originals\ Apr 9, 2013 at 4:00 pm

Could OUYA lose the battle before it even begins?

Powering on

I'll be honest, when the OUYA was first announced, I was one of its biggest supporters.  I mean, a system that's dedicated to the independent developer, one that's easy to make games for and lets you modify it however you see fit?  And with the option to try them out before buying?  I jumped right into the KickStarter without hesitation, wondering what could be next.

But lately…I'm not so sure.  It's hard to tell exactly at what point my faith in the independent company began to waiver, but waiver it has, and now I'm left wondering just what happened to my purchase.

Granted, this isn't a matter of Sony wowing me with PlayStation 4 technology, or some other bold competitor coming forward and stunning me with their own game.  This is a matter of errors.  No, scratch that – vital mistakes.  Mistakes that, sadly, could very well cost OUYA the fight before it even kicks off this June.

But I have my reasons, so let's go over each one, shall we?


There's no guarantee on delivery of system

First off, when users flocked to get their hands on an OUYA system, the KickStarter program listed that we would get them the last week of March.  So we waited…and waited.  And here it is, into the second week of April, and still nothing.  Some people, like the ones who were able to get them at the launch party, have them, but others are left wondering just when they'll arrive.

And OUYA's vague estimate doesn't help either.  "It'll arrive sometime in April or May," or so it reads.  No estimated time of shipment, despite the promise of late March.  Talk about being left behind.

Another thing – it was kind of rude for staff to deny those who invested money in a system to not have the option to pick it up at the OUYA launch party that took place a week and a half ago at GDC.  It was only for a select few to come and get their packages, while the others have to wait for the non-existent shipments.  So…I paid for something and apparently don't seem to be getting it anytime soon.  Great.  Onto the next thing.


Early KickStarter backers aren't getting the "actual" system

So here's something that really bugs me.  Apparently those who invested in getting an early OUYA system aren't, in fact, getting the street model that arrives in June.  We learned this following feedback from early reviews for the unit, which a lucky few managed to get their hands on last week.  Responding to a review by The Verge, an OUYA rep stated that the hardware being shipped isn't based on "final" specs, and that the system would be different in June.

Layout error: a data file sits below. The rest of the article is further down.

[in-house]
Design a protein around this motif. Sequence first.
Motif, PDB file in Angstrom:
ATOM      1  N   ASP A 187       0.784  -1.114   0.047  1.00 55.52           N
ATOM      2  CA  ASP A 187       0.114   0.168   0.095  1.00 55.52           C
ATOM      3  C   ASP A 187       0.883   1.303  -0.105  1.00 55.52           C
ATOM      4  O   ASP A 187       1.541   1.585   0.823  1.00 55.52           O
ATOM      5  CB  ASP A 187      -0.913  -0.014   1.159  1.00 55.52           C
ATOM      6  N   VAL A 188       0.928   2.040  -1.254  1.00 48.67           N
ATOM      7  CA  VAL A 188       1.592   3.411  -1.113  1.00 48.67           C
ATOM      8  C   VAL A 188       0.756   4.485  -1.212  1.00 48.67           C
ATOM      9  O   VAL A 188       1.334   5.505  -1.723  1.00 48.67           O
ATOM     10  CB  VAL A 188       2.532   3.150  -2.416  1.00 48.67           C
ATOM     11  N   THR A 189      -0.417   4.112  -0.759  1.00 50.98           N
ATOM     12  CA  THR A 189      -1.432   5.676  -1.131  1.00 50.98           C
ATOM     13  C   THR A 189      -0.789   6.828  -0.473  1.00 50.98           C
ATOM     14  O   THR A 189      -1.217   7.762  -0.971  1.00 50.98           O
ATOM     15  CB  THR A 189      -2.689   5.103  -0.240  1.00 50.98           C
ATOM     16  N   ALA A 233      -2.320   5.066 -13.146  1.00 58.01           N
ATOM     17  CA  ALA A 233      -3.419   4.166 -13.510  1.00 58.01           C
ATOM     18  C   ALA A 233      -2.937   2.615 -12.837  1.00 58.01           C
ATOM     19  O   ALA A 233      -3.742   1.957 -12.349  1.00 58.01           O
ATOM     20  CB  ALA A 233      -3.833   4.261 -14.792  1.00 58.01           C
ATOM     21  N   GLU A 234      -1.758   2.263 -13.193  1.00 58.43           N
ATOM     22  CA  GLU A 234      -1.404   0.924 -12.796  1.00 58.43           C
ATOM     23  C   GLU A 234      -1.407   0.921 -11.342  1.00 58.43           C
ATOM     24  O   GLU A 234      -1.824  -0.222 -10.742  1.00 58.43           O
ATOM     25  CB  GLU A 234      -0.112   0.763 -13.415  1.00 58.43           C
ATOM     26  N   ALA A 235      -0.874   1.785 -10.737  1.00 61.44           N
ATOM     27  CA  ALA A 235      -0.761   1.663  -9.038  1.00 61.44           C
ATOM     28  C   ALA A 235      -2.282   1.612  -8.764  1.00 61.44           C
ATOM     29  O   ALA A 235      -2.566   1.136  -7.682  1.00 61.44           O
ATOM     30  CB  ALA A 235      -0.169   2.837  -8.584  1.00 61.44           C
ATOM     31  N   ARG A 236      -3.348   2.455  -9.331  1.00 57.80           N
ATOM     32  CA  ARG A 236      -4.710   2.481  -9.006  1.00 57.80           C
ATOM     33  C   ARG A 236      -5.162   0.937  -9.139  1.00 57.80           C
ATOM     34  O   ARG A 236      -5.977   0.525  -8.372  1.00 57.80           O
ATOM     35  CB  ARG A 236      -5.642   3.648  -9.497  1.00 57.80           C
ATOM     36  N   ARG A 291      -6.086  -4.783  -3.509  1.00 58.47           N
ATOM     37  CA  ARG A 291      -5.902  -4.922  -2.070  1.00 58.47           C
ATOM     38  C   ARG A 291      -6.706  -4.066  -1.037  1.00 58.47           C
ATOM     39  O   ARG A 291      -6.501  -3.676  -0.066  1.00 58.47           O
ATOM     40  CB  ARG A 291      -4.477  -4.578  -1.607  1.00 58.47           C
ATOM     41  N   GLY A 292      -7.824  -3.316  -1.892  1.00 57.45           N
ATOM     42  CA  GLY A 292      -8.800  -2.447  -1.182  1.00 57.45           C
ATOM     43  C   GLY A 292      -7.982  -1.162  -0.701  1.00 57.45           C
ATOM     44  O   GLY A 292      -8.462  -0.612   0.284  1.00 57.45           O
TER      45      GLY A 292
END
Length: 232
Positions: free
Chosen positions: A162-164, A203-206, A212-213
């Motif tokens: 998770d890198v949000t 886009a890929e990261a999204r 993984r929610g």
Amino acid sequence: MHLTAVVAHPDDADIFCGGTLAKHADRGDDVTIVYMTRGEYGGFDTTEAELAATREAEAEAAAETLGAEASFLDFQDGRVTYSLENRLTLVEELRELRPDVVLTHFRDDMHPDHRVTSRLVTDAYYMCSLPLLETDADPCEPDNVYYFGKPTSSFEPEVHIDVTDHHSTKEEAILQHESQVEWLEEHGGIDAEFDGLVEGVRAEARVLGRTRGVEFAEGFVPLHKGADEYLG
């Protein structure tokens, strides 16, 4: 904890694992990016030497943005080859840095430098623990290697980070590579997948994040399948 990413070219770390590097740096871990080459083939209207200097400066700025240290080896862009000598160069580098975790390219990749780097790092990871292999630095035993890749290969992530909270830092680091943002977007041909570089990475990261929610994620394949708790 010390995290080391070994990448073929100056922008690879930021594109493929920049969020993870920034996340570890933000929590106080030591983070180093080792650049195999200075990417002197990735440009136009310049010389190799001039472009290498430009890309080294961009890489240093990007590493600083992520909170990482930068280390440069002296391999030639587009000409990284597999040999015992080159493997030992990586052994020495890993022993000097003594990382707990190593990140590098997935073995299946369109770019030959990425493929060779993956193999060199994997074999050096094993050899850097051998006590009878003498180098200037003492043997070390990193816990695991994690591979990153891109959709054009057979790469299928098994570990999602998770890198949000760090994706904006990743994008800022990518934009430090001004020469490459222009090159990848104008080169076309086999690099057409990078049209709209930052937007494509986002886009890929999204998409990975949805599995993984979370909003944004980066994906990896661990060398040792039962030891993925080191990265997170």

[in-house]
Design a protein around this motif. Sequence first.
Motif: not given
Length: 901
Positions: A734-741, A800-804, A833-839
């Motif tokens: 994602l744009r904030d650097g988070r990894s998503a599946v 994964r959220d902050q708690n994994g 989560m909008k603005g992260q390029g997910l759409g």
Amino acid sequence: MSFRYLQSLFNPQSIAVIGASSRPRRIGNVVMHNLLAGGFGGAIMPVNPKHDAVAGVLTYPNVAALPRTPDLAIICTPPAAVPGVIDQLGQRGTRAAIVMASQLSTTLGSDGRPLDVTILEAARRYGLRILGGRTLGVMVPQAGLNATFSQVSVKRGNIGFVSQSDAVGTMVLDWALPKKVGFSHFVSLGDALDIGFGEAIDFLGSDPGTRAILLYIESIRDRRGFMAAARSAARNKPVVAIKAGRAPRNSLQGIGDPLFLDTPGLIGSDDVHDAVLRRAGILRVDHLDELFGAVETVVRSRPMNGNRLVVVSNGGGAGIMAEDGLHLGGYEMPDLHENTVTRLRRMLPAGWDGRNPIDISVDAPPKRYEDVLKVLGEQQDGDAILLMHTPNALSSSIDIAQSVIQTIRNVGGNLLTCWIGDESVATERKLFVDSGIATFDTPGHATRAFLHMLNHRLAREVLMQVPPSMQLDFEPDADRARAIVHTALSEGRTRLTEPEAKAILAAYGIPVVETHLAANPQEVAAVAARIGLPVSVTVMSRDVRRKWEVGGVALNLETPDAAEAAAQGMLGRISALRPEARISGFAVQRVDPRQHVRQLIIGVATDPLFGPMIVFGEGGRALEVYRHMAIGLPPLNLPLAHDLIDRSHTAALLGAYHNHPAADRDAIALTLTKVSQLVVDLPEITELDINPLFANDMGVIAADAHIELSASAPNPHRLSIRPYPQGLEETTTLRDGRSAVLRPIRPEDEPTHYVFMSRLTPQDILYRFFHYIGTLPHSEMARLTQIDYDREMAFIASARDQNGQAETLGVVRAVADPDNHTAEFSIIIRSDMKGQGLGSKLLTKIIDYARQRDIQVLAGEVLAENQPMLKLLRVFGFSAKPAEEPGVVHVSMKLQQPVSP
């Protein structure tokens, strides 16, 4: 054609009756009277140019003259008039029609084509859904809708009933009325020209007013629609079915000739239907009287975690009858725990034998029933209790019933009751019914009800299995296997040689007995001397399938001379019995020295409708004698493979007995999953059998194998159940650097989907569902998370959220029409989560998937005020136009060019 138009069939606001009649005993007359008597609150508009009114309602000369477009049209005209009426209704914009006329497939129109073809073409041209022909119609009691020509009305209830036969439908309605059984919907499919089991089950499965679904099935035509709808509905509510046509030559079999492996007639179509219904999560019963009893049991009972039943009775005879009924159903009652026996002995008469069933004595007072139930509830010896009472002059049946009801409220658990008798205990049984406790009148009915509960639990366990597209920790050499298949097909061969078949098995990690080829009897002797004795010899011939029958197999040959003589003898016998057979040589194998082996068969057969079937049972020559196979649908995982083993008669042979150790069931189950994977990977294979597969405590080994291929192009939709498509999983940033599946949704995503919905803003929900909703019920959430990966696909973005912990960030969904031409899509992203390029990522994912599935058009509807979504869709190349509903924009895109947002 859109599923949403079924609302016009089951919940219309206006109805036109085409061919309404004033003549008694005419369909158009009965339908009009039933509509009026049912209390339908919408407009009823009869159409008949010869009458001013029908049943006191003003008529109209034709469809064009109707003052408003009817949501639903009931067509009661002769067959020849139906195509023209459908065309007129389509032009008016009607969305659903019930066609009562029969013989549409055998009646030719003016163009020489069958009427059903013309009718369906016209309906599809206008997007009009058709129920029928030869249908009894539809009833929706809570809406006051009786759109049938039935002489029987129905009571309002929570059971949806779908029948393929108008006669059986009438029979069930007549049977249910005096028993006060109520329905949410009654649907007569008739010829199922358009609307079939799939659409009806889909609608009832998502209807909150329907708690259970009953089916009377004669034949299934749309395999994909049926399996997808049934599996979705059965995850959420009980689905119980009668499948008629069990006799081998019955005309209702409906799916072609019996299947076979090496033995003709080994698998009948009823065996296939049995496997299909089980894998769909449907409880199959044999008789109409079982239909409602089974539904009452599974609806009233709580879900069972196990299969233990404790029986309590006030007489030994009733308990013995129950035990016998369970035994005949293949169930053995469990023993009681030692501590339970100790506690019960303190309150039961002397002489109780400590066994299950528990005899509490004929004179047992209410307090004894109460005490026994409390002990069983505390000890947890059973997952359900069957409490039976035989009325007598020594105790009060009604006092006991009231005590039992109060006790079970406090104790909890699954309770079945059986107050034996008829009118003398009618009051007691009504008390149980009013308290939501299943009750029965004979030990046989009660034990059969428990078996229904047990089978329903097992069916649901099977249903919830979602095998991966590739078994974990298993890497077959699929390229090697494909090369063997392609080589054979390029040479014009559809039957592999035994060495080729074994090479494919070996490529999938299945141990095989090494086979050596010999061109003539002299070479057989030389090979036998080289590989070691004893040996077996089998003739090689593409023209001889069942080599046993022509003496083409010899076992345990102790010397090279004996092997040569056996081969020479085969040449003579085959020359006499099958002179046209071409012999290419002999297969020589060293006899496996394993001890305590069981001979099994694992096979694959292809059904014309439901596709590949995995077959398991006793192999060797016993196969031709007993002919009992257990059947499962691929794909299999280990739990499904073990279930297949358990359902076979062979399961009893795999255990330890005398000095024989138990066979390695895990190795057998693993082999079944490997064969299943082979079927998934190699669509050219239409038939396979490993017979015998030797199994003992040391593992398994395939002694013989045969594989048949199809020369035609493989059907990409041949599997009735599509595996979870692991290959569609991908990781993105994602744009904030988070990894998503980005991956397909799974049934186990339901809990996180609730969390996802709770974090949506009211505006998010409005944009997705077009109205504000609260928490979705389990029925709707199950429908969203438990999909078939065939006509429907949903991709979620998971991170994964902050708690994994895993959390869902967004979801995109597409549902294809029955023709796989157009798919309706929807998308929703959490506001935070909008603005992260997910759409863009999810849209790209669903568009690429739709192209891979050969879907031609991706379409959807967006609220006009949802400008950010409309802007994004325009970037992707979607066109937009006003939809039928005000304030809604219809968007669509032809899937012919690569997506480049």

Which is great unless, of course, you invested your money in an early model.  OUYA left its backers high and dry, not only shipping out units late, but buggy models without any sort of promise of replacement or upgrade.  It sounds riskier than the KickStarter initially foretold, leaving me wondering just what I paid for.  You know, when it arrives.

Where are the games?

Though the OUYA network does have a fairly good amount of games available, as you saw from my hands-on with the unit, there's a significant amount of powerhouse titles missing.  Sure, you can play The Pinball Arcade and Final Fantasy III, along with original games like Gunslugs, but most of the titles are forgettable indie fare, and games you've played in the past.


And for some strange reason, the system is also home to classic game emulators.  You can play NES and N64 games through downloadable emulators on the OUYA, which is something that's bound to get Nintendo's attention sooner or later.  We're not saying classic games are a bad thing, but when you buy a new piece of hardware, you expect new experiences to come with them, not relive games you've already mastered.

And now the final thing…

You're required to register a credit card

This is probably the thing that bugs me the most.  In order to download any sort of fare onto your OUYA, be it demos or full games, you're required – and there's no way around it – to register your credit card information.  This is a questionable tactic, not only because of the way hackers can modify the OUYA (and possibly access your information), but also because there's no guarantee with the network's security in general.


But there's more.  Apparently the interface of the OUYA runs so poorly that it's easy to make purchases by accident – at least, according to The Verge's scathing review of the product.   And we've heard rumors, though unconfirmed at the moment, that some developers will be able to eke out funds regardless if you purchase the game or not.  OUYA hasn't responded to my inquiries about that matter, so I'm fearing the worst.

And that's another thing – OUYA's customer service isn't really registering.  I've emailed them on a number of instances regarding these questions, and gotten no response.  Same goes for their official Twitter profile, @playouya, in which they simply encourage play and don't really address the problems at hand.  Again, another point for concern.

The good news is, OUYA still has time to address these matters and correct them.  Cut back on the credit card requirement, make good on those loyal KickStarter backers who invested so much to help you get off the ground in the first place, and make room for more diverse games, rather than just emulators and stuff we could get elsewhere.  This is a key opportunity for the company to really push and make something spectacular happen in June.  Because, honestly, if they can't, they may have lost the battle before it even commences.

Fix it, OUYA.  Like now.

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